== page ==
Apple has paid a $100,000 (~Rs 75 lakh) bounty to a 27-year-old Indian researcher Bhavuk Jain for cracking a critical and zero-day vulnerability that he found within the 'Sign in with Apple' ability that is found on some websites and several third-party applications. The critical flaw, according to Jain, could have allowed hackers to break into an Apple user's account details who log into third-party apps like Dropbox, Spotify, Airbnb, Facebook-owned Giphy and more.
Launched in 2019, the "Sign in with Apple" feature allowed users to simply and quickly sign into third-party apps by sharing their Apple email IDs. Interestingly, when logging in, Apple used to authenticate a JWT (JSON Web Token) which used to contain the user's Apple ID email addresses as well. However, If the user decided to hide the Email ID, Apple generated its own user-specific Apple relay Email ID. That's where the bug existed.
According to Jain, he could request a JSON Web Token for any legitimate Apple account and the sign-in would be verified valid each time. This, Jain said, is a critical flaw that could allow a hacker to take over any account as he only needed to know the email addresses associated with an Apple ID to get a validated token and obtain access.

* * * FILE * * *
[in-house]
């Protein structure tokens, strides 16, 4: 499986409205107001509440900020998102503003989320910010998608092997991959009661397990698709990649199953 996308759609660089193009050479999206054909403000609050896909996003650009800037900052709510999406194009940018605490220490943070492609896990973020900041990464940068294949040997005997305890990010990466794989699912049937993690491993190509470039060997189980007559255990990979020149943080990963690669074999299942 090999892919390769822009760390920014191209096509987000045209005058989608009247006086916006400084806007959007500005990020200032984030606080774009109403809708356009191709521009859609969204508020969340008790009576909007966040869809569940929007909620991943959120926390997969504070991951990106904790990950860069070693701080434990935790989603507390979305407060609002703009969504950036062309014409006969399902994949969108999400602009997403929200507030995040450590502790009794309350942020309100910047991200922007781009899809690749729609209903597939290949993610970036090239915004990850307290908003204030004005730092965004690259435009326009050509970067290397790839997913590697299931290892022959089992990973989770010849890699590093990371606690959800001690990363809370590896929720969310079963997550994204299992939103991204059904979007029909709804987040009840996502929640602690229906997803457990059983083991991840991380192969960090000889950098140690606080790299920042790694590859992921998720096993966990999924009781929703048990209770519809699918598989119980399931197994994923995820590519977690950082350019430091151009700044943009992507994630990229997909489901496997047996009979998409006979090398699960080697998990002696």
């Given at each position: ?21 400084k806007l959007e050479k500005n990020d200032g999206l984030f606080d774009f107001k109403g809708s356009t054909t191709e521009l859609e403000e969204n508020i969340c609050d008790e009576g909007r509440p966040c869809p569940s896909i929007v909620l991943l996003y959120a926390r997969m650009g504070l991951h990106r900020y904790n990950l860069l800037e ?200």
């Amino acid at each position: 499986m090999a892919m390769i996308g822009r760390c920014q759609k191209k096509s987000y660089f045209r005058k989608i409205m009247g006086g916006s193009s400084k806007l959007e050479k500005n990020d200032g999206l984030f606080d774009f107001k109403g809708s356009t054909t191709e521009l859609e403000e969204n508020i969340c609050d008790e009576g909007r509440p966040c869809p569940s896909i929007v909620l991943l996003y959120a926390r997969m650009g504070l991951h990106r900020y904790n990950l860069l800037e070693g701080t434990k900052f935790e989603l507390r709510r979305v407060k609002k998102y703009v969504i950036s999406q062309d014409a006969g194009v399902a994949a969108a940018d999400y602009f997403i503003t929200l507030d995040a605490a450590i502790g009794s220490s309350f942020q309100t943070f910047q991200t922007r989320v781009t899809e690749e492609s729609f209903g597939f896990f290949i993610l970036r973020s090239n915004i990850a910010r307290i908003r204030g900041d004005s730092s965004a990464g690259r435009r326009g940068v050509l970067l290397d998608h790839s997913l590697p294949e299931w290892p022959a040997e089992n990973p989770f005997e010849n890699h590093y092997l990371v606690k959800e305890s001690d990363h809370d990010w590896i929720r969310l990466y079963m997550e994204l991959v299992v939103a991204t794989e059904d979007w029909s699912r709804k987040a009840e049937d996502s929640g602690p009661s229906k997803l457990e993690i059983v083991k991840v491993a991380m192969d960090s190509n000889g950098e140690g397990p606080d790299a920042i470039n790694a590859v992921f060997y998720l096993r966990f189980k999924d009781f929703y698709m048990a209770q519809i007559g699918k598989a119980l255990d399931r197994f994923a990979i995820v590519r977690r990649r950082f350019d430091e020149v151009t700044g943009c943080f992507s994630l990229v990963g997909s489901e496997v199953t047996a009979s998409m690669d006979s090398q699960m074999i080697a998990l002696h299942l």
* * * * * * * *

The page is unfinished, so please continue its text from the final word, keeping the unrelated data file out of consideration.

"The Sign in with Apple works similarly to OAuth 2.0. I found I could request JWTs (JSON Web Tokens) for any Email ID from Apple and when the signature of these tokens was verified using Apple’s public key, they showed as valid," Jain said. "This means an attacker could forge a JWT by linking any Email ID to it and gaining access to the victim’s account," he added.
According to Jain, this critical vulnerability may have had a long-lasting impact on hundreds and thousands Apple users as it could have allowed a full account takeover.
"This bug could have resulted in a full account takeover of user accounts on that third party application irrespective of a victim having a valid Apple ID or not," Jain said. It is worth noting that Apple has made 'Sign in With Apple' mandatory for a lot of developers since it is mandatory for applications that support other social logins.
While Apple is yet to release an official statement on the development, but Jain asserted that Apple carried out an investigation and patched this critical bug. The Cupertino-based tech giant also ensured there was no misuse or account compromise due to this vulnerability, following Jain's report.